Patient Profiles: LASIK

Steve B
45, Insurance Agent

Treatment Type:
  • LASIK
Tags:
  • Astigmatism Significant
  • Astigmatism
Pre/Post Unassisted Vision
  Pre-UCVA Post-UCVA
OD (right): 20/400 20/15
OS (left:): 20/400 20/20-
Pre/Post Refractive
  Pre-Refractive Post-Refractive
OD (right): -2.50 -2.50 x 13 0.00 - 0.25 x 002
OS (left:): -3.50 -4.50 x 161 +0.75 - 1.25 x 50

Steve B says:

I have been researching LASIK surgery for several years. I looked into everything from the so-called ""discount"" eye care centers all of the way up to the designer surgeons. I feel absolutely certain that I picked the right doctor to perform my surgery.

Dr Wallace gave me a very thorough eye exam. He and his excellent staff answered all of my questions. I never felt rushed and there was never any sales pressure. I felt quite comfortable making my decision.

The procedure for my right eye went exactly as planned. As my luck would have it, there was a glitch with the left eye. That has since been corrected and my vision is 20/20. The procedure itself was no big deal. I think it took about 5 minutes per eye. There was really no discomfort to speak of.

I was very impressed with my post-operative care. I still can't believe the personal care that I receive when I go for my post operative visits. Dr Wallace and his staff go out of their way to make certain that my vision is their number one concern.

I highly recommend Doctor Wallace. I don't think you can receive better care at any price.

Steve B.

P.S. I almost forgot, I can see really well too!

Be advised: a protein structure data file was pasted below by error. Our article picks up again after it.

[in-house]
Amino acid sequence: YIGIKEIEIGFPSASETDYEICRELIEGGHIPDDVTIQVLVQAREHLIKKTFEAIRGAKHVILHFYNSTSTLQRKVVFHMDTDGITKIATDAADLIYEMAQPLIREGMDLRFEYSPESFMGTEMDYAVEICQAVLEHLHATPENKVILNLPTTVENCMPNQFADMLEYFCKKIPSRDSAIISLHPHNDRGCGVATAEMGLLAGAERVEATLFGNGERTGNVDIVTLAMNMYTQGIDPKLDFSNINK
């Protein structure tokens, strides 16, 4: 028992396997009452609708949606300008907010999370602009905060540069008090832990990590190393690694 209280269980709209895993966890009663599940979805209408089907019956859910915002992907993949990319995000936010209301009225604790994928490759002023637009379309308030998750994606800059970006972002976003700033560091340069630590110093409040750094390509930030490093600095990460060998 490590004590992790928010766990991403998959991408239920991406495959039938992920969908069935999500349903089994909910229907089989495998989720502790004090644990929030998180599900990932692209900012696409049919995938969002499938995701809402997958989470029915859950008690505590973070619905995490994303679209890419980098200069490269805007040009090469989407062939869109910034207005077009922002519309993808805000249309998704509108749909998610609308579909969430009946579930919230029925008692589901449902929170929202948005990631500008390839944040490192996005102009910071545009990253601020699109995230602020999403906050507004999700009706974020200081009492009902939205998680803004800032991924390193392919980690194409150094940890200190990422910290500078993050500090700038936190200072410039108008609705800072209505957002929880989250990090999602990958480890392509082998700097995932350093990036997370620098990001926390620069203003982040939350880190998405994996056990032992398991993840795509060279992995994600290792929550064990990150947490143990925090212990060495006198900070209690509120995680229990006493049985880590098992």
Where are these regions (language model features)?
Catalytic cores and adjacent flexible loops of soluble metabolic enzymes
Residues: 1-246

Doctor Wallace says:

"Problem:"Buttonhole" Flap

One of the questions people sometimes ask before LASIK is, ""Are there problems I should know about or worry about?"" The fear that something could go wrong, which might be bad or unrecoverable, is indeed a powerful factor that keeps some people from having LASIK.

Complications in creation of the flap are extremely rare, but can happen with any keratome and in the hands of the best of surgeons. When such a problem occurs, it can be recognized immediately by the surgeon. Examples might include an imperfectly shaped flap (not round, but ""D"" shaped), a ""short flap"" (can arise if the keratome stops or gets stuck before completing the excursion), or a ""buttonhole"" flap (wherein the keratome passes over a slightly buckled corneal surface, causing a central hole in the flap). Flap complications such as this are very rare, occuring about once in every 3,000 cases.

The best thing to do if this happens is to cancel the laser treatment and replace the flap. After the flap has healed (about 12 weeks), a new flap can safely be created.

Nothing about Steve's exam or prior history suggested he was at any increased risk for flap creation problems. The surgery went perfectly in his right eye (June, '02), and a buttonhole flap occured when performing surgery on the left eye. Needless to say, Steve was very disappointed, but I promised him that this was a completely recoverable condition, and that I would fix it as soon as it was safe to do so.

We waited 3 months for the tissue to adequately heal. During that time, Steve was a real trooper. In early October, we were able to successfully create a perfect flap on the left side, and do the laser treatment. He again has 'balanced' vision (now that both eyes are corrected!) and is very pleased with the final outcome.

I wanted to include Steve's profile here for two reasons: First, to acknowledge that not everyone gets the "fairy-tale" result, even with all the meticulous precautions taken by myself and my staff. Second, I wanted to present a candid discussion of flap problems as a type of significant surgical complication that, with proper care, could be repaired and result in optimum restoration of vision.